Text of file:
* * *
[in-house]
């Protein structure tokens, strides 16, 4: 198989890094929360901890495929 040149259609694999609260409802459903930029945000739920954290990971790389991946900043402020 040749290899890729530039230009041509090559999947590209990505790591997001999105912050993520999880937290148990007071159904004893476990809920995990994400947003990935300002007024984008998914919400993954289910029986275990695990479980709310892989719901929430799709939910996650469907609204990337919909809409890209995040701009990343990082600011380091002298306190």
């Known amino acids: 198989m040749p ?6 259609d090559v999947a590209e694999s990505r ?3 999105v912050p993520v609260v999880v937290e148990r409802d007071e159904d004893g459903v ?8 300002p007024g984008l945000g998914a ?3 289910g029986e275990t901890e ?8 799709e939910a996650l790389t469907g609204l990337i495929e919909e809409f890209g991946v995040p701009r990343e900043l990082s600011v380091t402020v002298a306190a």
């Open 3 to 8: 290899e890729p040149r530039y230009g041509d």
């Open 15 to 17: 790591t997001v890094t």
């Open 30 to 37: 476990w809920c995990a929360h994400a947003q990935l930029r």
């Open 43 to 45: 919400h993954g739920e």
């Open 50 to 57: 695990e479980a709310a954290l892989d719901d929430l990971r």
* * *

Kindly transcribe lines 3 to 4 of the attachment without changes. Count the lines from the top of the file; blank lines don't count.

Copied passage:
């Known amino acids: 198989m040749p ?6 259609d090559v999947a590209e694999s990505r ?3 999105v912050p993520v609260v999880v937290e148990r409802d007071e159904d004893g459903v ?8 300002p007024g984008l945000g998914a ?3 289910g029986e275990t901890e ?8 799709e939910a996650l790389t469907g609204l990337i495929e919909e809409f890209g991946v995040p701009r990343e900043l990082s600011v380091t402020v002298a306190a």
């Open 3 to 8: 290899e890729p040149r530039y230009g041509d």